To discover it, would be to kill Professor Liedenbrock! Let him find it out himself if he can. I will never have it laid to my door that I led him to his destruction."
Having formed this resolution, I folded my arms and waited. But I had not reckoned upon one little incident which turned up a few hours after.
When our good Martha wanted to go to Market, she found the door locked. The big key was gone. Who could have taken it out? Assuredly, it was my uncle, when he returned the night before from his hurried walk.
Was this done on purpose? Or was it a mistake? Did he want to reduce us by famine? This seemed like going rather too far! What! should Martha and I be victims of a position of things in which we had not the smallest interest? It was a fact that a few years before this, whilst my uncle was working at his great classification of minerals, he was forty-eight hours without eating, and all his household were obliged to share in this scientific fast. As for me, what I remember is, that I got severe cramps in my stomach, which hardly suited the constitution of a hungry, growing lad.
Now it appeared to me as if breakfast was going to be wanting, just as supper had been the night before. Yet I resolved to be a hero, and not to be conquered by the pangs of hunger. Martha took it very seriously, and, poor woman, was very much distressed. As for me, the impossibility of leaving the house distressed me a good deal more, and for a very good reason. A caged lover's feelings may easily be imagined.
My uncle went on working, his imagination went off rambling into the ideal world of combinations; he was far away from earth, and really far away from earthly wants.
About noon hunger began to stimulate me severely. Martha had, without thinking any harm, cleared out the larder the night before, so that now there was nothing left in the house. Still I held out; I made it a point of honour.
Two o'clock struck. This was becoming ridiculous; worse than that, unbearable. I began to say to myself that I was exaggerating the importance of the document; that my uncle would surely not believe in it, that he would set it down as a mere puzzle; that if it came to the worst, we should lay violent hands on him and keep him at home if he thought on venturing on the expedition that, after all, he might himself discover the key of the cipher, and that then I should be clear at the mere expense of my involuntary abstinence.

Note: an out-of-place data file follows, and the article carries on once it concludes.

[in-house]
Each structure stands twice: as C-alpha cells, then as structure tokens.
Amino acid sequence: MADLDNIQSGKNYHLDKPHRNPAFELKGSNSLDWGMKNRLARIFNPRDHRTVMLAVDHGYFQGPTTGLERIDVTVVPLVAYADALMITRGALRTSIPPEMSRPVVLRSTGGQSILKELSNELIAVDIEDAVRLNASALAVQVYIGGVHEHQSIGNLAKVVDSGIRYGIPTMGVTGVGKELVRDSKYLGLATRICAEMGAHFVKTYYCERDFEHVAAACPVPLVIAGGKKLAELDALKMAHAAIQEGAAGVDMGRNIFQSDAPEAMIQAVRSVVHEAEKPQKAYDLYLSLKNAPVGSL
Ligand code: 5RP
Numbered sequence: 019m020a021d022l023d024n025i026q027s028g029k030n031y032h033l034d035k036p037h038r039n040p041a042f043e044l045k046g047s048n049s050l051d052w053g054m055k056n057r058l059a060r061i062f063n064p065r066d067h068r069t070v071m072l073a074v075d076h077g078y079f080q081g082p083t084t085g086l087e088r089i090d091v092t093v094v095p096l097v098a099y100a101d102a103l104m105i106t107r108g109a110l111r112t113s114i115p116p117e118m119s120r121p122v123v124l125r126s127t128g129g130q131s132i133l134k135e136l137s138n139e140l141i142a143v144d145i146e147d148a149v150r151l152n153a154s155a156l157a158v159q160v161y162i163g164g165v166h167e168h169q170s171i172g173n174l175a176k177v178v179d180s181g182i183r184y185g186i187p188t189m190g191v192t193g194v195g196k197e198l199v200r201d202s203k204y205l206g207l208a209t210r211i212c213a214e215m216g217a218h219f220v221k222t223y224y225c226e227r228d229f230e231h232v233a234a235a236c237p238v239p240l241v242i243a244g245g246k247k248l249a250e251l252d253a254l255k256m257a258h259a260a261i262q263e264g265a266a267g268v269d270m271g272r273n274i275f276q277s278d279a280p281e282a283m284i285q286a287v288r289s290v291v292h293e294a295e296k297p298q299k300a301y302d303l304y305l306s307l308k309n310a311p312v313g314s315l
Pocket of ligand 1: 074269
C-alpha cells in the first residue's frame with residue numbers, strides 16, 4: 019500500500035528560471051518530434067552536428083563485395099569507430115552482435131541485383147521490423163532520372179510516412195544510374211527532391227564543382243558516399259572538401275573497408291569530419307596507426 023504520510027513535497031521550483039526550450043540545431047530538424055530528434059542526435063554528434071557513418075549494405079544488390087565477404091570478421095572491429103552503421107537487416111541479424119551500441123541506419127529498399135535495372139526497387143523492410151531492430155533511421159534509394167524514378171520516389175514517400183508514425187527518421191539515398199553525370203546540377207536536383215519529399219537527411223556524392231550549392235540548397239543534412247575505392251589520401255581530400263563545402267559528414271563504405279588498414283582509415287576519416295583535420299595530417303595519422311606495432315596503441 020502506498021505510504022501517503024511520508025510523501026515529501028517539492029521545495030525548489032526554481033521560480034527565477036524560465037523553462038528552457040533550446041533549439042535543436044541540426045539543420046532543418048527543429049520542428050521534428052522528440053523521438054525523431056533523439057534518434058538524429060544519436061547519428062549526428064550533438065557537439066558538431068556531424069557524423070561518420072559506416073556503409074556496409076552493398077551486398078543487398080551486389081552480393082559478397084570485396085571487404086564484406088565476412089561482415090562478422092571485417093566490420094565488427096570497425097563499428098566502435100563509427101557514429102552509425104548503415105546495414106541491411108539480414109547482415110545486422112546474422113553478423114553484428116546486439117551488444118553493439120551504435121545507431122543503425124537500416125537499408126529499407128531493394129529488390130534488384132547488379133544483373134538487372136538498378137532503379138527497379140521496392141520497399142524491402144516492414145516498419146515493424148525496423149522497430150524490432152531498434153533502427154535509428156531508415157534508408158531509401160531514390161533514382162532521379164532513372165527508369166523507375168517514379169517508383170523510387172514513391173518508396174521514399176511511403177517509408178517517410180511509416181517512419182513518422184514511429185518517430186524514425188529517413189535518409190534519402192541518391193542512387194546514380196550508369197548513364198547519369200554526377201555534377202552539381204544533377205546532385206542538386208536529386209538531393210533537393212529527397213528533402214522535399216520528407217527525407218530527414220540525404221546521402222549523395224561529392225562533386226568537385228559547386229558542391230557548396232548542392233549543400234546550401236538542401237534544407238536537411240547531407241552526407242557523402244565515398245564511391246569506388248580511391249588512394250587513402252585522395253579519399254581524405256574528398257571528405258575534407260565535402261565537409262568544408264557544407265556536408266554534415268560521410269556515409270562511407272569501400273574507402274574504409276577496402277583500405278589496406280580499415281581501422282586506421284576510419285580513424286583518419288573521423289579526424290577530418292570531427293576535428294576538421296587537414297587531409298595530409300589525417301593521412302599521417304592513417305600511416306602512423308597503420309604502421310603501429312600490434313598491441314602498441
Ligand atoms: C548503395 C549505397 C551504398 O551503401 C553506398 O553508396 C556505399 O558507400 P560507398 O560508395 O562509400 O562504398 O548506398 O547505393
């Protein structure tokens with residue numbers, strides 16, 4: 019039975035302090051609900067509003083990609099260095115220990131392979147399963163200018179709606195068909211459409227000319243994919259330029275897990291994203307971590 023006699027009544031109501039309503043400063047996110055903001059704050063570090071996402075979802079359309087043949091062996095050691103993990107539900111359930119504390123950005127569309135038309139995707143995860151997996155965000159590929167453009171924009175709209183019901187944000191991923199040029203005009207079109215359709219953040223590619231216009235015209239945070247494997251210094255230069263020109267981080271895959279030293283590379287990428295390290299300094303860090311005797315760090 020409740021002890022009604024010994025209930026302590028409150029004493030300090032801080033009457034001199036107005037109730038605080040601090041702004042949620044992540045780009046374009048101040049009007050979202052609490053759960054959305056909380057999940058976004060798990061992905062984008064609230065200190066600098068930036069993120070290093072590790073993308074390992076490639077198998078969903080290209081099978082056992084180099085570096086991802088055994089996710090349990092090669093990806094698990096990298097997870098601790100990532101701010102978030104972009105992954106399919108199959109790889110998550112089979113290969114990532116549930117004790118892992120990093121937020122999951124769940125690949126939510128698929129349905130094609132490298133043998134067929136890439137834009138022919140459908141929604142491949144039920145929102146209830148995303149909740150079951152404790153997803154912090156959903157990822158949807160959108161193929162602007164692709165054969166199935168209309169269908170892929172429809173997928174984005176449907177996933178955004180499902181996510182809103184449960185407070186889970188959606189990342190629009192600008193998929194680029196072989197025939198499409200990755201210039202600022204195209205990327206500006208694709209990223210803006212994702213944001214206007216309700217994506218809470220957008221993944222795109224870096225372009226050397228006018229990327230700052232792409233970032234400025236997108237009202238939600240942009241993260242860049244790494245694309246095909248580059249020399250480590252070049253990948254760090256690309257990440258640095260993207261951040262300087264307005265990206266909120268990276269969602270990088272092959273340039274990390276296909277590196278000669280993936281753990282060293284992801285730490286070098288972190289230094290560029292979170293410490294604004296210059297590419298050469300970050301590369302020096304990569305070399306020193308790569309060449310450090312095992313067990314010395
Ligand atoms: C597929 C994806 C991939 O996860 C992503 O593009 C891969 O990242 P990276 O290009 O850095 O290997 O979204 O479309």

These reasons seemed excellent to me, though on the night before I should have rejected them with indignation; I even went so far as to condemn myself for my absurdity in having waited so long, and I finally resolved to let it all out.
I was therefore meditating a proper introduction to the matter, so as not to seem too abrupt, when the Professor jumped up, clapped on his hat, and prepared to go out.
Surely he was not going out, to shut us in again! no, never!
"Uncle!" I cried.
He seemed not to hear me.
"Uncle Liedenbrock!" I cried, lifting up my voice.
"Ay," he answered like a man suddenly waking.
"Uncle, that key!"
"What key? The door key?"
"No, no!" I cried. "The key of the document."
The Professor stared at me over his spectacles; no doubt he saw something unusual in the expression of my countenance; for he laid hold of my arm, and speechlessly questioned me with his eyes. Yes, never was a question more forcibly put.
I nodded my head up and down.
He shook his pityingly, as if he was dealing with a lunatic. I gave a more affirmative gesture.
His eyes glistened and sparkled with live fire, his hand was shaken threateningly.
This mute conversation at such a momentous crisis would have riveted the attention of the most indifferent. And the fact really was that I dared not speak now, so intense was the excitement for fear lest my uncle should smother me in his first joyful embraces. But he became so urgent that I was at last compelled to answer.
"Yes, that key, chance -"
"What is that you are saying?" he shouted with indescribable emotion.